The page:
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United States Department of Agriculture

Agricultural Research Service

Research Project: FORAGE SYSTEMS FOR SUSTAINABLE ANIMAL PRODUCTION IN THE MID-SOUTH Title: Does modification of tall fescue leaf texture and forage nutritive value for improved livestock performance increase suitability for a grass-feeding caterpillar

Authors
item Keathley, Craig -
item Potter, Daniel -

Submitted to: Crop Science
Publication Type: Peer Reviewed Journal
Publication Acceptance Date: June 1, 2010
Publication Date: October 15, 2010
Citation: Keathley, C.P., Potter, D.A. 2010. Does modification of tall fescue leaf texture and forage nutritive value for improved livestock performance increase suitability for a grass-feeding caterpillar? Crop Science. 51(1):370-380.

Interpretive Summary: Grass breeders are developing new forage-type tall fescue [Schedonorus arundinaceus (Schreb.) Dumort = Lolium arundinaceum (Schreb.) Darbysh., formerly known as Festuca arundinacea Schreb.] cultivars with smoother texture, improved nutritive value, and reduced fiber for improved livestock performance. We tested if such grasses are also more susceptible to a grass-feeding caterpillar. True armyworms, Pseudaletia unipuncta (Haworth), were reared from first instar to adult on grass clippings from thirteen fescue cultivars or accessions differing in texture (smooth vs. standard), ecotype (northern European vs. Mediterranean), use (pasture vs. turf-type), or provenance to clarify how modifying the texture (edge spines, trichomes, or cellulose margin), thickness, tissue strength, and nutritive value (dry matter, fiber, ash, or N) of pasture grasses will affect their resistance. We also studied feeding site initiation and development of first instars on intact leaf blades when prevented from exploiting a cut leaf edge. Larvae performed equally well across all groups when reared with grass clippings, despite variation in leaf texture and nutritive value. On intact blades, however, leaf thickness and tissue strength were correlated with reduced feeding site initiation and larval development. Gregarious and window feeding may allow more efficient exploitation of common feeding sites on tougher leaves. True armyworm is adapted to feed on a range of structurally-diverse grasses, so increased use of forage-type tall fescue cultivars with smoother texture or reduced fiber is unlikely to worsen its damage to pastures.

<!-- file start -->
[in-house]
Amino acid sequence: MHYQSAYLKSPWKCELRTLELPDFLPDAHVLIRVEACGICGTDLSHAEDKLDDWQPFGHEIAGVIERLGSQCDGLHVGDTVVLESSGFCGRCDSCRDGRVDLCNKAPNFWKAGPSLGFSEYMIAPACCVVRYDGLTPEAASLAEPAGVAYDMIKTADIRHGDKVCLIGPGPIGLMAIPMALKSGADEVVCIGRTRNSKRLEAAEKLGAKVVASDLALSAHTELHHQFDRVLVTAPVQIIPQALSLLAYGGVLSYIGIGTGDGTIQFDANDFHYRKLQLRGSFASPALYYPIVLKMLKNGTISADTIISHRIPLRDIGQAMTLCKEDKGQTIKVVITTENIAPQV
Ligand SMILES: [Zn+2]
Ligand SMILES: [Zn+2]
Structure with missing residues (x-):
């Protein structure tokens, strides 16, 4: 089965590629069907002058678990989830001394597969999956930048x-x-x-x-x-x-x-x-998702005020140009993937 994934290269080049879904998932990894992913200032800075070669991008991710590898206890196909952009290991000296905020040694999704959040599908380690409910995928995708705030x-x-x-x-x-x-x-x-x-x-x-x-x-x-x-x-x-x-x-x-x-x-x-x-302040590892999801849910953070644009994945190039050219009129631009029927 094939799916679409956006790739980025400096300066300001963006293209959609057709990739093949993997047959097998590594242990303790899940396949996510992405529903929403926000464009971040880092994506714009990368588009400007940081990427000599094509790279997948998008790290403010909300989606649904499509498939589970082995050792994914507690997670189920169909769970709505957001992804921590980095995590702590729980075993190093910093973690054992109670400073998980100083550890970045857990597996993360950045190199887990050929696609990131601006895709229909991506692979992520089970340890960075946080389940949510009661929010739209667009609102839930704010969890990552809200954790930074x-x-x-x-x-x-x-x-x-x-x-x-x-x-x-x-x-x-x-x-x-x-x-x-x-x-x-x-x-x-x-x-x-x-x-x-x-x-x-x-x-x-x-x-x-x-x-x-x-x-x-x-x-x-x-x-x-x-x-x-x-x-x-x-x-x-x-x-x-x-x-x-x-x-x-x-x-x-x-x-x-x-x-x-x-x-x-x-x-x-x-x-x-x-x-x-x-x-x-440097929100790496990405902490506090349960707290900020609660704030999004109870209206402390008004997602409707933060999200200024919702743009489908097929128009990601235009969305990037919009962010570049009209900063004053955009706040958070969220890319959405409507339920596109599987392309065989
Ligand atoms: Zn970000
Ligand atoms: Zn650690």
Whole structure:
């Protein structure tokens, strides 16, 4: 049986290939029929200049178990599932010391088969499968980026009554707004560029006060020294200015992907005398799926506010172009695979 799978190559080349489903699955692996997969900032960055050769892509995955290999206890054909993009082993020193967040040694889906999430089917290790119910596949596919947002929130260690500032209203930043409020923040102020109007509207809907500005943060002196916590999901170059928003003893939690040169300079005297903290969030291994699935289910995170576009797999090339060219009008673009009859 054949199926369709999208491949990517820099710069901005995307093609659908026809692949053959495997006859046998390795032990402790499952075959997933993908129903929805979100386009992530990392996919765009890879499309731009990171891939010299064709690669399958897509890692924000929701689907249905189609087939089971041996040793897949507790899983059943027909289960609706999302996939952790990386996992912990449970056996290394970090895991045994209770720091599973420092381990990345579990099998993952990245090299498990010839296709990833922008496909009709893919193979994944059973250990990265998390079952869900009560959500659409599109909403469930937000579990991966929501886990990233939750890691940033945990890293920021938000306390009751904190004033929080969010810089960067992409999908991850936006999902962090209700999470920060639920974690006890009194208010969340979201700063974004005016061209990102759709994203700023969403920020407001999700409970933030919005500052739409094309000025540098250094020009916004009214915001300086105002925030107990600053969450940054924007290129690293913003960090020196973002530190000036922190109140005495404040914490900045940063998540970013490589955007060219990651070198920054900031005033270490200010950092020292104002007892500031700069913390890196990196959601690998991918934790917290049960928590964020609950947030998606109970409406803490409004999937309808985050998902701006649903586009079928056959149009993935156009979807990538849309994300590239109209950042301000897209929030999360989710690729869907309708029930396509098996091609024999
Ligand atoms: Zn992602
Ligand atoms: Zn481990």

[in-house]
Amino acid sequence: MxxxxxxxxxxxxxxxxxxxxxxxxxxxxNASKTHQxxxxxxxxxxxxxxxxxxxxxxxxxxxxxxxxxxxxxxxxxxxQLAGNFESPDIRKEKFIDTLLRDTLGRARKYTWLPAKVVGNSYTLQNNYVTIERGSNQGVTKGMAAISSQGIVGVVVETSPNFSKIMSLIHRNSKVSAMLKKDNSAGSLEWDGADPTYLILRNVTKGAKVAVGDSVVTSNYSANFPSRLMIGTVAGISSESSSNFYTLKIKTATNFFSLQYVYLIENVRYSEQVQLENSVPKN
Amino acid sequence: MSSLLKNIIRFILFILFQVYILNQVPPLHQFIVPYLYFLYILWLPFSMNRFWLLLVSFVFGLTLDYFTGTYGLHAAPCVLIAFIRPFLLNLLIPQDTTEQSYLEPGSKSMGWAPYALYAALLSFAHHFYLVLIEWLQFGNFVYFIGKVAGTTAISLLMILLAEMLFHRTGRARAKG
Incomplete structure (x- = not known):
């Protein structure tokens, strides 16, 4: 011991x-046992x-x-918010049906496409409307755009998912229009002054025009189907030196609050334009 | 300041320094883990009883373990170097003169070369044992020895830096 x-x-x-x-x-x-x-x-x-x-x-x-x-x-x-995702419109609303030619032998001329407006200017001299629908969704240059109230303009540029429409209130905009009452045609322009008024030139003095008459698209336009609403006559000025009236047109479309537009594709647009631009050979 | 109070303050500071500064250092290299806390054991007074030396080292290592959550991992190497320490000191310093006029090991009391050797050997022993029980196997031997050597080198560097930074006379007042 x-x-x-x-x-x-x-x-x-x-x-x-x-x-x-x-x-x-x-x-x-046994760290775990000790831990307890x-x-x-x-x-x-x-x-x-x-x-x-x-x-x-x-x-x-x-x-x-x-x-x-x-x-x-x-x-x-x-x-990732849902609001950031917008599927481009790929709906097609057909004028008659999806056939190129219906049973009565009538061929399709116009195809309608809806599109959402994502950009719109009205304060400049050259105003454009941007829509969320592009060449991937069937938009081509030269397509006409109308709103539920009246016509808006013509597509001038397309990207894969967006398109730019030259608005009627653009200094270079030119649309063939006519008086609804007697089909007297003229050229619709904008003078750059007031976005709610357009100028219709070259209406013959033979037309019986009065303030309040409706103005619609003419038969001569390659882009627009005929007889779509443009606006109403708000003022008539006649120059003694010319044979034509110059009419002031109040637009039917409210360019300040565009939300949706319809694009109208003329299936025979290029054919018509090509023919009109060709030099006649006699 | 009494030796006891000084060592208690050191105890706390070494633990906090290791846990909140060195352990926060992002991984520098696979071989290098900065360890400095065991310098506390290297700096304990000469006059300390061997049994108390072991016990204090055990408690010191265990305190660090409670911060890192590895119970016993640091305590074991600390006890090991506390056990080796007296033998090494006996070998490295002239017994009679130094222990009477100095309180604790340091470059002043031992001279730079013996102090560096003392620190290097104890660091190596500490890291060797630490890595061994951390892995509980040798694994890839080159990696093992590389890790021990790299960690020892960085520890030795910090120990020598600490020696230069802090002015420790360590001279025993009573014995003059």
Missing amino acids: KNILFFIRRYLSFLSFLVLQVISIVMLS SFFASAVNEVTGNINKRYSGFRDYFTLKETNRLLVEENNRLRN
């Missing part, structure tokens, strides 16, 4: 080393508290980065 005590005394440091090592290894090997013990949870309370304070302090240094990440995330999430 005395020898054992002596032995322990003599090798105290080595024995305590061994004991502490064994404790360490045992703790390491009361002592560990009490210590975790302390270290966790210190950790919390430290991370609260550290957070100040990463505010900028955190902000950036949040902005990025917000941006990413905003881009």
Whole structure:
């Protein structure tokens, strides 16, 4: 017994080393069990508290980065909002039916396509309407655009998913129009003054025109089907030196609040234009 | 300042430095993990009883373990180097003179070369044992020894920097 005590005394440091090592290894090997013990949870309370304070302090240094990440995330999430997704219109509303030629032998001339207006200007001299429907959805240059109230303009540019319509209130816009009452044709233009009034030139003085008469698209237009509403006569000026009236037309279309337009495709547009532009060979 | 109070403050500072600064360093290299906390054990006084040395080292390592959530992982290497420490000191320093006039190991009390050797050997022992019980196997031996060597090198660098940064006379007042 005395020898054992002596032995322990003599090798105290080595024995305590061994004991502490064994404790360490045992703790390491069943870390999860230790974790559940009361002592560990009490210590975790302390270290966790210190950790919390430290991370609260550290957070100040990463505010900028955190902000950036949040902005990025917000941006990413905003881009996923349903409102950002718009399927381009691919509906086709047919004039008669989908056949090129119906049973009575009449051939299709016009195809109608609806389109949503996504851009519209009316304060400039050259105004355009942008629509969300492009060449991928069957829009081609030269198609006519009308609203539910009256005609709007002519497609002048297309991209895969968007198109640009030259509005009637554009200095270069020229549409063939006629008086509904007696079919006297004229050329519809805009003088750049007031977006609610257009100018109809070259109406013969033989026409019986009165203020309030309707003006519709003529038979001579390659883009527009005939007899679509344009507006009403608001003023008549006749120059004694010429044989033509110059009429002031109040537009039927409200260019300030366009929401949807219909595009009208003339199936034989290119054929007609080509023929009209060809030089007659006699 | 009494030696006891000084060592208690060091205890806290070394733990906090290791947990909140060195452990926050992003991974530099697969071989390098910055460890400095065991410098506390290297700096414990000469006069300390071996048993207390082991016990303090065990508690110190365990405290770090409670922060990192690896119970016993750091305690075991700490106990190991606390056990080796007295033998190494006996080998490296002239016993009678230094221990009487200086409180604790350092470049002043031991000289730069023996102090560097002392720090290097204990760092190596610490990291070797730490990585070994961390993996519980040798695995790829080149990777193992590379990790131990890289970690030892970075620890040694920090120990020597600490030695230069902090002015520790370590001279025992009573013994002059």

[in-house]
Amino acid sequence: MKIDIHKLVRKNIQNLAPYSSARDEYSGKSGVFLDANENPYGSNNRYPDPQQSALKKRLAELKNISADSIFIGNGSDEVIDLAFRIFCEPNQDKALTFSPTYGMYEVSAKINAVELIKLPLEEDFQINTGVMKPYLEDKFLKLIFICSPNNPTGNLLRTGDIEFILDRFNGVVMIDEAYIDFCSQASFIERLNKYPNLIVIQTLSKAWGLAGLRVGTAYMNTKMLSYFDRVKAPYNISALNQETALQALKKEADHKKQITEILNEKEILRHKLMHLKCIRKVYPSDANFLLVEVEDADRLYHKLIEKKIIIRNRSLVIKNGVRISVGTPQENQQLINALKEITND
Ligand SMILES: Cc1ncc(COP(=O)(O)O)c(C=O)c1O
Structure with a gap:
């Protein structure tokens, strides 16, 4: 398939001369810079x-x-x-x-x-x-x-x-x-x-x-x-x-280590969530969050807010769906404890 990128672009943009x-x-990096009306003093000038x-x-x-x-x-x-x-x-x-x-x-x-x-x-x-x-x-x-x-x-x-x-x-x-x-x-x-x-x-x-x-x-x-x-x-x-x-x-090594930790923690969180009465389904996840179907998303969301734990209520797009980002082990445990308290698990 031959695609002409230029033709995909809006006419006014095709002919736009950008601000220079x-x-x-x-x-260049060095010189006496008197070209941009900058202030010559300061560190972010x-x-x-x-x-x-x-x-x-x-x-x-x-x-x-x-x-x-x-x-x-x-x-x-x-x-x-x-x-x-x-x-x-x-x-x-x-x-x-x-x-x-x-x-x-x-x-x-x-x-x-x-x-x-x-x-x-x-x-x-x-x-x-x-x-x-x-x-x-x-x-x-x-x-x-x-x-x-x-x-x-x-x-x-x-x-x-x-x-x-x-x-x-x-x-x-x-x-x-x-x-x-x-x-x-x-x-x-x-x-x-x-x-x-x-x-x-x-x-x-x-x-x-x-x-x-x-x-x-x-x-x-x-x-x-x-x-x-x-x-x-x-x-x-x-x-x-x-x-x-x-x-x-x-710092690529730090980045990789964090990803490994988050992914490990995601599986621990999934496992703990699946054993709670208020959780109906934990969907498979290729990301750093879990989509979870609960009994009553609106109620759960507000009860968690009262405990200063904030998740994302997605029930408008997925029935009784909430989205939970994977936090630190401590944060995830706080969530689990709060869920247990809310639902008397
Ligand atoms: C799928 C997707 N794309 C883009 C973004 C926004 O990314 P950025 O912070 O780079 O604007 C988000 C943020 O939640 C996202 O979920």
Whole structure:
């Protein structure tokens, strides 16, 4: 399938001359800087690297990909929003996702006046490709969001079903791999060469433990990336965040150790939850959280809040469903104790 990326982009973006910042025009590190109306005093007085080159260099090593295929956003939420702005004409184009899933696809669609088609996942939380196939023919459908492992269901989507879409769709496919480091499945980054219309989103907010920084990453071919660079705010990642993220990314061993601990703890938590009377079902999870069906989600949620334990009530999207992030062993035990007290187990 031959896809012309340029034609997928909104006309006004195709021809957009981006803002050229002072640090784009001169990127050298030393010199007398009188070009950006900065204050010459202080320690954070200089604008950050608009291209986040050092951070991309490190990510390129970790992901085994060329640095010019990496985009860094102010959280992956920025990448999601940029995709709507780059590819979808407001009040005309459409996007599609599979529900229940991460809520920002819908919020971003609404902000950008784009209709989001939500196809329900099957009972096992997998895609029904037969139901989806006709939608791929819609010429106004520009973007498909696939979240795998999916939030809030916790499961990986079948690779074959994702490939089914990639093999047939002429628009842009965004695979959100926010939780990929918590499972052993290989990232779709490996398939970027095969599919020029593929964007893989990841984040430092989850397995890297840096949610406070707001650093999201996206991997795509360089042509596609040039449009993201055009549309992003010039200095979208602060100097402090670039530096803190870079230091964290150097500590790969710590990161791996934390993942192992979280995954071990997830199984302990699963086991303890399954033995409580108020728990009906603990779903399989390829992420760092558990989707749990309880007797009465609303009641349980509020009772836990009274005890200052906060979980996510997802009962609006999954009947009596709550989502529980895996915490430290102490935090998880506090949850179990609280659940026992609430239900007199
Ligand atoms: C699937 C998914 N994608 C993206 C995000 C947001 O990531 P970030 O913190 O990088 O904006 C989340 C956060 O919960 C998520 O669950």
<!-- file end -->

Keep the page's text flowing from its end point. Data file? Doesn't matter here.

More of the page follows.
Technical Abstract: Grass breeders are developing new forage-type tall fescue [Schedonorus arundinaceus (Schreb.) Dumort = Lolium arundinaceum (Schreb.) Darbysh., formerly known as Festuca arundinacea Schreb.] cultivars with smoother texture, improved nutritive value, and reduced fiber for improved livestock performance. We tested if such grasses are also more susceptible to a grass-feeding caterpillar. True armyworms, Pseudaletia unipuncta (Haworth), were reared from first instar to adult on grass clippings from thirteen fescue cultivars or accessions differing in texture (smooth vs. standard), ecotype (northern European vs. Mediterranean), use (pasture vs. turf-type), or provenance to clarify how modifying the texture (edge spines, trichomes, or cellulose margin), thickness, tissue strength, and nutritive value (dry matter, fiber, ash, or N) of pasture grasses will affect their resistance. We also studied feeding site initiation and development of first instars on intact leaf blades when prevented from exploiting a cut leaf edge. Larvae performed equally well across all groups when reared with grass clippings, despite variation in leaf texture and nutritive value. On intact blades, however, leaf thickness and tissue strength were correlated with reduced feeding site initiation and larval development. Gregarious and window feeding may allow more efficient exploitation of common feeding sites on tougher leaves. True armyworm is adapted to feed on a range of structurally-diverse grasses, so increased use of forage-type tall fescue cultivars with smoother texture or reduced fiber is unlikely to worsen its damage to pastures.

Last Modified: 11/23/2014